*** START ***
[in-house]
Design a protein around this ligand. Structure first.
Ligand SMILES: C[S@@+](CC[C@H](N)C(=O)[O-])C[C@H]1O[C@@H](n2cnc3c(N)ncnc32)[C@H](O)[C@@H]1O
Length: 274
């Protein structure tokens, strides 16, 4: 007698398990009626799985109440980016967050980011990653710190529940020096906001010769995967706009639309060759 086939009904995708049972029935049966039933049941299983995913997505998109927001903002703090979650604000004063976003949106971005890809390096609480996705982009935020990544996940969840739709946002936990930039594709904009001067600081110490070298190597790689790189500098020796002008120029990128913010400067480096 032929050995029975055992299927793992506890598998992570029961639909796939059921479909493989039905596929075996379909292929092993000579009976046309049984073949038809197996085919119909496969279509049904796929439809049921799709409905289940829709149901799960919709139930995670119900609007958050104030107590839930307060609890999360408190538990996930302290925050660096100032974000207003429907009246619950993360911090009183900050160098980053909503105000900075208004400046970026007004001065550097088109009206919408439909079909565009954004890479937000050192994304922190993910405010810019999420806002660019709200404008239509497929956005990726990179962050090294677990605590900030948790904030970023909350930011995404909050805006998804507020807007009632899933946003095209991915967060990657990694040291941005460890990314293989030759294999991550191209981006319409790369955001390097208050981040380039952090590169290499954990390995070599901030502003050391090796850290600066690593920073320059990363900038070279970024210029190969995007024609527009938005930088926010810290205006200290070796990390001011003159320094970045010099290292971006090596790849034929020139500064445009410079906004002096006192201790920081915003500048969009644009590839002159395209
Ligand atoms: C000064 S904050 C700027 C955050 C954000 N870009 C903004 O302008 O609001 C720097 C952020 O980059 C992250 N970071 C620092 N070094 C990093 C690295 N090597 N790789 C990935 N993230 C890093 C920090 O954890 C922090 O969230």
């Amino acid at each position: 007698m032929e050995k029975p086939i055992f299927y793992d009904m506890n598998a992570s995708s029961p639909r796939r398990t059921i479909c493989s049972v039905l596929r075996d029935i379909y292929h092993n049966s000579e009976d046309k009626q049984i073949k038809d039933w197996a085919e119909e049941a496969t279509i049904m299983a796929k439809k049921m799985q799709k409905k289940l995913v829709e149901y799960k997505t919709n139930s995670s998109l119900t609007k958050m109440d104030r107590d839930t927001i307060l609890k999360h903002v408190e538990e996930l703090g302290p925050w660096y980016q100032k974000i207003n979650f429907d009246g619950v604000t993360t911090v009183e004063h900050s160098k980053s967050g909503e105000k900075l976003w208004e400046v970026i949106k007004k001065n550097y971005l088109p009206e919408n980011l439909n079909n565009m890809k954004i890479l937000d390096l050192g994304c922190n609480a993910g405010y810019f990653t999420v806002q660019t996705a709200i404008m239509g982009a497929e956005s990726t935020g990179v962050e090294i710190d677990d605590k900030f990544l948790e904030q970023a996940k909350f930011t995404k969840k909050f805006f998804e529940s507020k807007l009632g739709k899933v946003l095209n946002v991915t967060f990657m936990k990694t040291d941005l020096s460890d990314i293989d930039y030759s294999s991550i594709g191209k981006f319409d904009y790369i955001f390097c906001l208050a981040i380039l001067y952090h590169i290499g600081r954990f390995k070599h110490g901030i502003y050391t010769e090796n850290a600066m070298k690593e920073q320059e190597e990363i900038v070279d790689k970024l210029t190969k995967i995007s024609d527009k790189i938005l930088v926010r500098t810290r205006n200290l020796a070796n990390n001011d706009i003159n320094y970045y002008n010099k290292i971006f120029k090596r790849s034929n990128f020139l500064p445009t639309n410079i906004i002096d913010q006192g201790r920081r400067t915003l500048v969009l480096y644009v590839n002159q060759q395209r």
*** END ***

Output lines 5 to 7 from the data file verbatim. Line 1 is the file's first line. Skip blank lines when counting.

């Protein structure tokens, strides 16, 4: 007698398990009626799985109440980016967050980011990653710190529940020096906001010769995967706009639309060759 086939009904995708049972029935049966039933049941299983995913997505998109927001903002703090979650604000004063976003949106971005890809390096609480996705982009935020990544996940969840739709946002936990930039594709904009001067600081110490070298190597790689790189500098020796002008120029990128913010400067480096 032929050995029975055992299927793992506890598998992570029961639909796939059921479909493989039905596929075996379909292929092993000579009976046309049984073949038809197996085919119909496969279509049904796929439809049921799709409905289940829709149901799960919709139930995670119900609007958050104030107590839930307060609890999360408190538990996930302290925050660096100032974000207003429907009246619950993360911090009183900050160098980053909503105000900075208004400046970026007004001065550097088109009206919408439909079909565009954004890479937000050192994304922190993910405010810019999420806002660019709200404008239509497929956005990726990179962050090294677990605590900030948790904030970023909350930011995404909050805006998804507020807007009632899933946003095209991915967060990657990694040291941005460890990314293989030759294999991550191209981006319409790369955001390097208050981040380039952090590169290499954990390995070599901030502003050391090796850290600066690593920073320059990363900038070279970024210029190969995007024609527009938005930088926010810290205006200290070796990390001011003159320094970045010099290292971006090596790849034929020139500064445009410079906004002096006192201790920081915003500048969009644009590839002159395209
Ligand atoms: C000064 S904050 C700027 C955050 C954000 N870009 C903004 O302008 O609001 C720097 C952020 O980059 C992250 N970071 C620092 N070094 C990093 C690295 N090597 N790789 C990935 N993230 C890093 C920090 O954890 C922090 O969230």
């Amino acid at each position: 007698m032929e050995k029975p086939i055992f299927y793992d009904m506890n598998a992570s995708s029961p639909r796939r398990t059921i479909c493989s049972v039905l596929r075996d029935i379909y292929h092993n049966s000579e009976d046309k009626q049984i073949k038809d039933w197996a085919e119909e049941a496969t279509i049904m299983a796929k439809k049921m799985q799709k409905k289940l995913v829709e149901y799960k997505t919709n139930s995670s998109l119900t609007k958050m109440d104030r107590d839930t927001i307060l609890k999360h903002v408190e538990e996930l703090g302290p925050w660096y980016q100032k974000i207003n979650f429907d009246g619950v604000t993360t911090v009183e004063h900050s160098k980053s967050g909503e105000k900075l976003w208004e400046v970026i949106k007004k001065n550097y971005l088109p009206e919408n980011l439909n079909n565009m890809k954004i890479l937000d390096l050192g994304c922190n609480a993910g405010y810019f990653t999420v806002q660019t996705a709200i404008m239509g982009a497929e956005s990726t935020g990179v962050e090294i710190d677990d605590k900030f990544l948790e904030q970023a996940k909350f930011t995404k969840k909050f805006f998804e529940s507020k807007l009632g739709k899933v946003l095209n946002v991915t967060f990657m936990k990694t040291d941005l020096s460890d990314i293989d930039y030759s294999s991550i594709g191209k981006f319409d904009y790369i955001f390097c906001l208050a981040i380039l001067y952090h590169i290499g600081r954990f390995k070599h110490g901030i502003y050391t010769e090796n850290a600066m070298k690593e920073q320059e190597e990363i900038v070279d790689k970024l210029t190969k995967i995007s024609d527009k790189i938005l930088v926010r500098t810290r205006n200290l020796a070796n990390n001011d706009i003159n320094y970045y002008n010099k290292i971006f120029k090596r790849s034929n990128f020139l500064p445009t639309n410079i906004i002096d913010q006192g201790r920081r400067t915003l500048v969009l480096y644009v590839n002159q060759q395209r």